To mark the anniversary of its rebirth as a vendor focused on application developer experiences, Docker Inc. has outlined its ambitions for the future, as a series of previously announced price hikes for the heaviest users of its tools and platforms are about to kick in next week.
Company CEO Scott Johnston says IT teams should expect to see Docker Inc. focus on the “interloops” between where integrated development environments (IDEs) leave off and continuous integration (CI) platforms begin. That effort, for example, will see more prescriptive development environments and pipeline tools that can be swapped out across multiple programming languages as development teams see fit.
IT teams should also expect to see more container image management tools that also provide increased visibility into those images, as well as tighter integration with other CI and DevOps platforms.
Finally, Docker Inc. will build on top of the Docker Compose developer tool to improve collaboration and increase the number of Docker Official Images that have been vetted on the DockerHub platform.
Overall, Johnston says there are 11.3 million users per month of Docker tools and platforms who have free rein to consume as much of Docker tools and platforms as they like. The bulk of those users will not be affected by the price increases. However, there is a class of users who will be asked to either limit their consumption or pay extra based on how Docker Inc. monitors usage of its platform, he says.
Earlier this year, Docker Inc. added per-seat pricing for subscriptions, which was quickly followed by an annual purchasing option that offers discounts for longer-term commitments.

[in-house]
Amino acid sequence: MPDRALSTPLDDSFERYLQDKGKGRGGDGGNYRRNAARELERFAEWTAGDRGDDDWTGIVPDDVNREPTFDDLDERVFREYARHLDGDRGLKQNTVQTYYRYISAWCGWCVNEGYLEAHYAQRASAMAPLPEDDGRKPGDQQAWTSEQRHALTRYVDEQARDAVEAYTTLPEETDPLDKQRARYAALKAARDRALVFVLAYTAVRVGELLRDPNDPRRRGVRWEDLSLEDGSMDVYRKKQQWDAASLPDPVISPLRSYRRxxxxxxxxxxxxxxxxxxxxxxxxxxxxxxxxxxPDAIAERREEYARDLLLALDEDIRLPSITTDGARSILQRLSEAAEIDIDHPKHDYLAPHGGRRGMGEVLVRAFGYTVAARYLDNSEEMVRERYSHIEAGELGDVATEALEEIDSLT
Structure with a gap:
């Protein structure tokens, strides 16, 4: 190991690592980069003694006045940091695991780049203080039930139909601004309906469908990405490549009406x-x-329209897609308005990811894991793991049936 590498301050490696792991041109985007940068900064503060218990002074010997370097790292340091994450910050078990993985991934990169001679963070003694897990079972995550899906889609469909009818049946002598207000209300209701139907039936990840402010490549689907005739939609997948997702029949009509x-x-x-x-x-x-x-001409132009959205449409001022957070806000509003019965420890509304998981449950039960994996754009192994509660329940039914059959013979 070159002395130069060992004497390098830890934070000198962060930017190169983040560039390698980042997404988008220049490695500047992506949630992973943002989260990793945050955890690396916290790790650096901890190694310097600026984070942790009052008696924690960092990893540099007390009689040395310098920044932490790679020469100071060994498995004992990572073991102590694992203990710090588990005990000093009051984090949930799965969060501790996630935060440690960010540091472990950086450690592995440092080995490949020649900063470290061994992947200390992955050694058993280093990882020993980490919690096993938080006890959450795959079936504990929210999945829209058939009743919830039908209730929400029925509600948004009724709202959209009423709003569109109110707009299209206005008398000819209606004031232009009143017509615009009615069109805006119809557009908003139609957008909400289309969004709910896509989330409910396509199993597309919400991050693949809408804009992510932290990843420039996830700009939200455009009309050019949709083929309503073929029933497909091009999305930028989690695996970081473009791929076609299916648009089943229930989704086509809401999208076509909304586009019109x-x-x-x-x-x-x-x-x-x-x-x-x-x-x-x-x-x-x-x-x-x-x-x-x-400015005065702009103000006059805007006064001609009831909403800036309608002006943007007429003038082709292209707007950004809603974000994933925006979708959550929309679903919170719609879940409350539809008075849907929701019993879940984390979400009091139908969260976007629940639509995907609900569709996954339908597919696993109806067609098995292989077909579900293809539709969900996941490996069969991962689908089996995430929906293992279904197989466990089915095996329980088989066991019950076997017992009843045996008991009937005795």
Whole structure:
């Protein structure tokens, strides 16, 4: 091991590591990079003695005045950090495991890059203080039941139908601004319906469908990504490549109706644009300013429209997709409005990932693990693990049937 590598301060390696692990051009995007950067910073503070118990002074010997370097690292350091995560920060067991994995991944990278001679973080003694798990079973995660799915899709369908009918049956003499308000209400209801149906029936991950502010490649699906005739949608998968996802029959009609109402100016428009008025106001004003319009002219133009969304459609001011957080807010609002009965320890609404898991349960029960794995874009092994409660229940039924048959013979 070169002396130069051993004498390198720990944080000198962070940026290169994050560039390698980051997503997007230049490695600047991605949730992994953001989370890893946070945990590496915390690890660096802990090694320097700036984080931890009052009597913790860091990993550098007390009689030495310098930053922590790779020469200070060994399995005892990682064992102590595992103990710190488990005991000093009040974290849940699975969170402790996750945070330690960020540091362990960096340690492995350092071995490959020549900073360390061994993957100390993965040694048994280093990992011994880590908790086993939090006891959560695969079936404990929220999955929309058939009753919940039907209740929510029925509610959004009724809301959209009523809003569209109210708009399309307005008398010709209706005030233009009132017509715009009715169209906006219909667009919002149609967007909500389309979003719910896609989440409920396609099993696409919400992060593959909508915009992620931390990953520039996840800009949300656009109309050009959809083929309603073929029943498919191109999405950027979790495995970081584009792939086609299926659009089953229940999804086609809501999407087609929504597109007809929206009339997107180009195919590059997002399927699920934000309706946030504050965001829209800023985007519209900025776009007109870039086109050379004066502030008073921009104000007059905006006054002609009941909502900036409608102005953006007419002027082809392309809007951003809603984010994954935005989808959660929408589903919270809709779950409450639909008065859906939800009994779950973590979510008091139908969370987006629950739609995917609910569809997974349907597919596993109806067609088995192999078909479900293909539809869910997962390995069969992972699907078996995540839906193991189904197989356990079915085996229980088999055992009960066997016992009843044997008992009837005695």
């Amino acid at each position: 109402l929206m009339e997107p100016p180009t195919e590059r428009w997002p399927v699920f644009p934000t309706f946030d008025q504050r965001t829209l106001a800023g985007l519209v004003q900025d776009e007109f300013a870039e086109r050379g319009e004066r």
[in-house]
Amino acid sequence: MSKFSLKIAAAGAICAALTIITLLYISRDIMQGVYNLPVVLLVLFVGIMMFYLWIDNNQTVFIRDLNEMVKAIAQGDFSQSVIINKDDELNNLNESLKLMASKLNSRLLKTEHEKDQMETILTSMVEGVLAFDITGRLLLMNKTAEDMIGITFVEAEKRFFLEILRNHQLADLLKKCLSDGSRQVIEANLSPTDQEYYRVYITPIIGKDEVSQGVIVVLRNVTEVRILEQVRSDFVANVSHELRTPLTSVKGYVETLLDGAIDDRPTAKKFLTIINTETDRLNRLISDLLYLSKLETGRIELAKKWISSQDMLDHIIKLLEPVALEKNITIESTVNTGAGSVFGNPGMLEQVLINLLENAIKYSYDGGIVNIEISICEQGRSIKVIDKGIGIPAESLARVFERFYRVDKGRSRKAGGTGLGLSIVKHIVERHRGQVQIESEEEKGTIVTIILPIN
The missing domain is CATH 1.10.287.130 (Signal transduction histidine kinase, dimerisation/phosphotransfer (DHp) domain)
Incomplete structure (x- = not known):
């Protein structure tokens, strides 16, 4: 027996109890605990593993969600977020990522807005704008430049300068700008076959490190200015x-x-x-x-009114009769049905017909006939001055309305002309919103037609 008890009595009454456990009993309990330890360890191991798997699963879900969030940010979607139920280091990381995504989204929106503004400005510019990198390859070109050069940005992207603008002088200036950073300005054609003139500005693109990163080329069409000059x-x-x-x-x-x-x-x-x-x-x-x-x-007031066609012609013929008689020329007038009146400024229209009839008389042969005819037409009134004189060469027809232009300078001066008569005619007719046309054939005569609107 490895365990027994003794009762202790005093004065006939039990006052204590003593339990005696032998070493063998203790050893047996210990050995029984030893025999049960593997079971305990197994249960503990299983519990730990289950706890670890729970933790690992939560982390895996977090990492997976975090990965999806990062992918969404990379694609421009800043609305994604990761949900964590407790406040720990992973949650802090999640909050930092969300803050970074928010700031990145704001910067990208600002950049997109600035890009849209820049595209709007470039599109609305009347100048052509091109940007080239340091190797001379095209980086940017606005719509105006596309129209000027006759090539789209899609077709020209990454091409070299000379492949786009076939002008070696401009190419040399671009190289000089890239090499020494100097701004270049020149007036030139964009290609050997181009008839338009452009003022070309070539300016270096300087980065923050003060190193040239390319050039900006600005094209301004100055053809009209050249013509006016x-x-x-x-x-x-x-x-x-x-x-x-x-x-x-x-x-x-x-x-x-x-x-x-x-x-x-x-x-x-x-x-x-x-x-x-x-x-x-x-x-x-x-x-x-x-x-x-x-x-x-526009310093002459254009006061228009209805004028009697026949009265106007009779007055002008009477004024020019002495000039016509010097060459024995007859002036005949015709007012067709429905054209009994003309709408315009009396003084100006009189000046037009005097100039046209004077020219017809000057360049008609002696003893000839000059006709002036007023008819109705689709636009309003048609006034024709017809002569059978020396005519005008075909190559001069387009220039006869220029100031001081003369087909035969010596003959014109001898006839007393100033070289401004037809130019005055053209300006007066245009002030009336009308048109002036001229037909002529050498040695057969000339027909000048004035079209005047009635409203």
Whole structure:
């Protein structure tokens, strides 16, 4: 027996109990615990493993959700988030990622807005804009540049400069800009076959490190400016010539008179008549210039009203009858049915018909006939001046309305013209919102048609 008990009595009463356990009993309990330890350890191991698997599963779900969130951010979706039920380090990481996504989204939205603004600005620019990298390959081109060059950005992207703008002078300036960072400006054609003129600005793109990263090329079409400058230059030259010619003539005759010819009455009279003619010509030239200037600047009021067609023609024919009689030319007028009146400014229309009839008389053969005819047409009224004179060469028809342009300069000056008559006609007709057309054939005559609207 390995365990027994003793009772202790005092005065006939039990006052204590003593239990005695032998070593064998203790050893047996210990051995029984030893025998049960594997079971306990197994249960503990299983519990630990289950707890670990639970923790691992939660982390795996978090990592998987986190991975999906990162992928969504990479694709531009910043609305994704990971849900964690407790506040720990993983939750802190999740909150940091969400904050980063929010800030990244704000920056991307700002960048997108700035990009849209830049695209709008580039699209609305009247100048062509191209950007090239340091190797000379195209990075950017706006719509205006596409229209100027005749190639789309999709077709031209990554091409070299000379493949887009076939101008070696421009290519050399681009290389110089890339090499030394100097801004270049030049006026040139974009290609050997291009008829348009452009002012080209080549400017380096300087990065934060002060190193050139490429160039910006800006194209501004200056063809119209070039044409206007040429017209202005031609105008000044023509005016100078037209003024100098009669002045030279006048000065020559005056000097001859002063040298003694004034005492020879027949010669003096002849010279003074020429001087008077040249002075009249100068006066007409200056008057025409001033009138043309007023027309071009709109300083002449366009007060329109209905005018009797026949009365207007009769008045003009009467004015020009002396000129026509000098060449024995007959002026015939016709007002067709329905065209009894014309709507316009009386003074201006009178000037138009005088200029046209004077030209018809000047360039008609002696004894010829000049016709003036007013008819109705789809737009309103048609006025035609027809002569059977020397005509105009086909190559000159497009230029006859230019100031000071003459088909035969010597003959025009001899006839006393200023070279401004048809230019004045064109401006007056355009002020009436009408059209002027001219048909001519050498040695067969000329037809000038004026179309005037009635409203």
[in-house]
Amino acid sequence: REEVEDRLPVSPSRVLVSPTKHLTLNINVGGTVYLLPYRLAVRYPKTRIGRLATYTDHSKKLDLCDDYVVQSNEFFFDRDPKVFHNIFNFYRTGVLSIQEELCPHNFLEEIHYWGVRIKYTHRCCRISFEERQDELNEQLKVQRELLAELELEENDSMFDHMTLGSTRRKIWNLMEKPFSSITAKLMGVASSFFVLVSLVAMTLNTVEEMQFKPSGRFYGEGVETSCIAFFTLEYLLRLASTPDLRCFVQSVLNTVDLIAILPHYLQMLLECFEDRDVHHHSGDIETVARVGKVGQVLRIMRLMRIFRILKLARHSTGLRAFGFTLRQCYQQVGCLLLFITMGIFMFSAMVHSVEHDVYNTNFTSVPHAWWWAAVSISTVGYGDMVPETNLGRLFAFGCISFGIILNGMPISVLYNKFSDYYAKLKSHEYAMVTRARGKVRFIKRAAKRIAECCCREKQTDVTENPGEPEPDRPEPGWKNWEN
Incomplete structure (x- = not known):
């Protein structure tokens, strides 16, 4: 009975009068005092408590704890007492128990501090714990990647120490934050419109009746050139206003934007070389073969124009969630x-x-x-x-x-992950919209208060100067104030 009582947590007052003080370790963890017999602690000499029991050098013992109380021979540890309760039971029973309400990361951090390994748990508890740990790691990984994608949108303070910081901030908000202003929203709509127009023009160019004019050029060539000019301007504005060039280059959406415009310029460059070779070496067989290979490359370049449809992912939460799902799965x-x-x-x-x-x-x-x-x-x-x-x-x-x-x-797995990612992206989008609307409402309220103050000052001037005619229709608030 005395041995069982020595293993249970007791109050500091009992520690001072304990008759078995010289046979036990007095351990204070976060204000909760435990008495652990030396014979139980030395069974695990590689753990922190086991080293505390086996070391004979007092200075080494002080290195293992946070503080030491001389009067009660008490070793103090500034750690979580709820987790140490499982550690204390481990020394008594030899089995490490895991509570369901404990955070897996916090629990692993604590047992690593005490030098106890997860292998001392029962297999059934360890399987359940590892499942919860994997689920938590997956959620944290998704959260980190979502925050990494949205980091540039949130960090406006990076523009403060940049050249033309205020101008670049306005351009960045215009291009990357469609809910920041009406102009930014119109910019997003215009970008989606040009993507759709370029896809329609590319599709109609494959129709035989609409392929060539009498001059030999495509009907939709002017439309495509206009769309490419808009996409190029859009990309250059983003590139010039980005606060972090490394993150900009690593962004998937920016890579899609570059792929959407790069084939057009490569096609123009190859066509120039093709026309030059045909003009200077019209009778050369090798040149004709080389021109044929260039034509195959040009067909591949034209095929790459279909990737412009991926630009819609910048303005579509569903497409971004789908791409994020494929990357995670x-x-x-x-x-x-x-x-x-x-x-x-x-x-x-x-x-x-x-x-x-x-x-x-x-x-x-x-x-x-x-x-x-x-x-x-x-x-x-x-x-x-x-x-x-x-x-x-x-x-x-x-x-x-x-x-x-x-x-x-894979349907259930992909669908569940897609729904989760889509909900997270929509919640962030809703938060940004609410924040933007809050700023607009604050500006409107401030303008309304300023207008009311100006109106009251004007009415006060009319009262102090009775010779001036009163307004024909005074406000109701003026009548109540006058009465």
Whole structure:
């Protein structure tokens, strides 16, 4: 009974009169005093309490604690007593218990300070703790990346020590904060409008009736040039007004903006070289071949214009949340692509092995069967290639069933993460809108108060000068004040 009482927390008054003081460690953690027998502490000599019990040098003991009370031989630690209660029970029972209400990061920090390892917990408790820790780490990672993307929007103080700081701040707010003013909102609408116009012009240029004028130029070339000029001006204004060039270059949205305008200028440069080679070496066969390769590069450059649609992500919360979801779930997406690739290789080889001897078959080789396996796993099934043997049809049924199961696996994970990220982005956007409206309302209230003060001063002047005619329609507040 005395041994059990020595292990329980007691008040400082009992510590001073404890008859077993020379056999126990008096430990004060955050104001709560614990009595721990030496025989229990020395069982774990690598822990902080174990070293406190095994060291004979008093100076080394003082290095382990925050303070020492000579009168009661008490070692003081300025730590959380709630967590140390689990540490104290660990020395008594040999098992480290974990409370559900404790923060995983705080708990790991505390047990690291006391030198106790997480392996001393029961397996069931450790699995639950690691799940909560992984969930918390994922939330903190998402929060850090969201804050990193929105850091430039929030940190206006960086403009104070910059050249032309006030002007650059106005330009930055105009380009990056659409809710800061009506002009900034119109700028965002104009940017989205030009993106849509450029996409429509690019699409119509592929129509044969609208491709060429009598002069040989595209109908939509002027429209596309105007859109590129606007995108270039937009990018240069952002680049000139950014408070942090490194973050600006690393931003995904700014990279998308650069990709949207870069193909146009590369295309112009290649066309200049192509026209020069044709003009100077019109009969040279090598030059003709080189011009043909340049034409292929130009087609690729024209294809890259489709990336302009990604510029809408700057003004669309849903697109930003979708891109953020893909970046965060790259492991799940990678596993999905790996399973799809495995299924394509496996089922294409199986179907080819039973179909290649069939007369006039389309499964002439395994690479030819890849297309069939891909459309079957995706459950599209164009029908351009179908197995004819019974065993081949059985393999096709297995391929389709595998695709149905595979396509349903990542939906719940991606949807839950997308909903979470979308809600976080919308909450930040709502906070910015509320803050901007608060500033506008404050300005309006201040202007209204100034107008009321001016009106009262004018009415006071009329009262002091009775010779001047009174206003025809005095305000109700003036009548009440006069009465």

In total, usage of Docker platforms and tools has increased 77% year-over-year, Johnston says, noting there are now 7.9 million Docker Hub repositories that are being accessed at a rate of 13.6 billion pulls per month.
As a privately held company, it’s not clear how profitable Docker Inc. is in its attempts to create a platform niche between IDEs and DevOps platforms. In the last year, it has struck alliances with Amazon Web Services (AWS) as well as extended its relationship with both Microsoft and its GitHub subsidiary. In the meantime, rivals ranging from Red Hat and Mirantis to providers of platform-as-a-service (PaaS) environments based on the Cloud Foundry project are all focusing on the application development experience in Kubernetes environments. There is, of course, a longstanding affinity between developers and Docker. However, developers are also known to be amenable to at least experimenting with new tools as they become available.
Regardless of the tools used to build container applications, it’s certain there will be a lot more of them running in production environments in 2021. Many of the builders of those applications invariably will be initially unfamiliar with containers. That means the potential base container developers could go beyond 20 million in few short years, which is a fact Docker Inc. and its rivals are all counting on.